"The letter from the Greek finance minister makes clear that Greece remains interested in support from the European Union," spokeswoman Christiane Wirtz said. "This letter is a good signal which allows us to continue to negotiate."

Merkel was meeting in Paris with French President Francois Hollande, who promised Tsipras he would work on her to find a solution, according to a Greek official.


The European Commission said it was confidence a deal was possible on Friday if all parties were reasonable, "but we are not there yet". The Dutch junior finance minister said he would ask the Greeks to give clearer guarantees they would live up to all the terms of its bailout deal.

Maltese Finance Minister Edward Scicluna echoed widespread exasperation with Greece when he told the Times of Malta: "I think they've now reached a point where they will tell Greece 'If you really want to leave, leave'."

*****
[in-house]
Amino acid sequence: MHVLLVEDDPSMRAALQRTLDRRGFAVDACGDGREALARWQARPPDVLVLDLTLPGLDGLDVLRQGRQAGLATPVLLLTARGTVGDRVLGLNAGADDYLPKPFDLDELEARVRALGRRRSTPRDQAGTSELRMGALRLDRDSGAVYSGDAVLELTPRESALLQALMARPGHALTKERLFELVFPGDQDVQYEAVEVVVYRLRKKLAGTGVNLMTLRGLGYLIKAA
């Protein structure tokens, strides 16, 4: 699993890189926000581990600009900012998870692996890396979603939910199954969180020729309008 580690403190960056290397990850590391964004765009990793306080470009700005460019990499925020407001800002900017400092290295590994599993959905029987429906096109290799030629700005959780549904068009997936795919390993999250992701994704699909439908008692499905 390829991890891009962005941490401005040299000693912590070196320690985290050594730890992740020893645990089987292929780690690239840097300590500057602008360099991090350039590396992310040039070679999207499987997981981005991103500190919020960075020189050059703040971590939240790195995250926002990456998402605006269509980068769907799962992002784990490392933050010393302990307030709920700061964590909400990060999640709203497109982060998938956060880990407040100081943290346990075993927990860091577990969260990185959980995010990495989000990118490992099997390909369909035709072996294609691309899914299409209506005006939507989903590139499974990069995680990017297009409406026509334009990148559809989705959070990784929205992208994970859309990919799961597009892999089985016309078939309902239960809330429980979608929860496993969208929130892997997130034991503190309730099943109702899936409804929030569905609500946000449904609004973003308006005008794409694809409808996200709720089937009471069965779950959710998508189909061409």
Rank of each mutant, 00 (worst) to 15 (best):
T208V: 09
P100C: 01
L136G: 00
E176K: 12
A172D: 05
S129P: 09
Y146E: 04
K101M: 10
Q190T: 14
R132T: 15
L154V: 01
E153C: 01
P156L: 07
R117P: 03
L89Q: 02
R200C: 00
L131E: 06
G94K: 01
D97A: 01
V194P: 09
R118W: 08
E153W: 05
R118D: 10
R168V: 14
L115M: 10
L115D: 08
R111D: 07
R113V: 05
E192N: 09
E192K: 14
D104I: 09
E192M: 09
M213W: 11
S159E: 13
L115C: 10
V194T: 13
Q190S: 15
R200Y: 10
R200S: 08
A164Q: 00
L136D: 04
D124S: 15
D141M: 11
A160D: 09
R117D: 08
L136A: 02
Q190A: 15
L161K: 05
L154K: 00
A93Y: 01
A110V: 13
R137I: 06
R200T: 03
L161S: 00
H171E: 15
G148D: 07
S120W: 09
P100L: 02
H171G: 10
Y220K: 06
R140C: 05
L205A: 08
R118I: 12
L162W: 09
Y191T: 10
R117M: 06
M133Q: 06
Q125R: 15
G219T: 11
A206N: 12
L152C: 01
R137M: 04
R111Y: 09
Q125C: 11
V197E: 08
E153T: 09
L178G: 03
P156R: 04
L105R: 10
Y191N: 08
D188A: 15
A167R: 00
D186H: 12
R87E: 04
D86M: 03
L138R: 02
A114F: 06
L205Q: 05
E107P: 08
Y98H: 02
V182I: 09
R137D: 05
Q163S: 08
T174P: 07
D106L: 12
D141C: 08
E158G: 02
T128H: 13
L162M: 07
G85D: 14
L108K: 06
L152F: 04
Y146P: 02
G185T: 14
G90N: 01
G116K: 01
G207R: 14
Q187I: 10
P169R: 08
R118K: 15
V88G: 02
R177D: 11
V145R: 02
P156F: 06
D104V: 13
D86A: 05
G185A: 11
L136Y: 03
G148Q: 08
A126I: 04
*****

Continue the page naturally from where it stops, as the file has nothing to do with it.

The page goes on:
Officials of euro zone hawks said their mood was cautiously more optimistic but a chronic lack of trust in Greece's new leaders, including Finance Minister Yanis Varoufakis, an outspoken Marxist economist and blogger, was hard to surmount.

"Even hardliners like us have to give the benefit of the doubt to a communist in a Burberry scarf," an official of one north European country said.

The 240 billion euro bailout expires at the end of this month and Greece could run out of money by the end of March without new external funds, people familiar with the figures say, driving it nearer to the euro zone exit.

Adding to pressure to reach a deal, Greek savers withdrew their money from the banks at an accelerating pace despite government assurances that there is no plan to introduce capital controls to stem the outflows.

Deposit outflows rose to over 1 billion euros in the past two days, some of the highest daily levels seen this year, two senior banking sources told Reuters.

Greeks are nervous ahead of a three-day weekend, given memories of capital controls imposed on Cyprus in 2013 over a long weekend, a senior banker said. Monday is a market holiday.

Tsipras, elected last month on a platform of scrapping the bailout, says austerity has strangled his country's economy and caused a humanitarian crisis.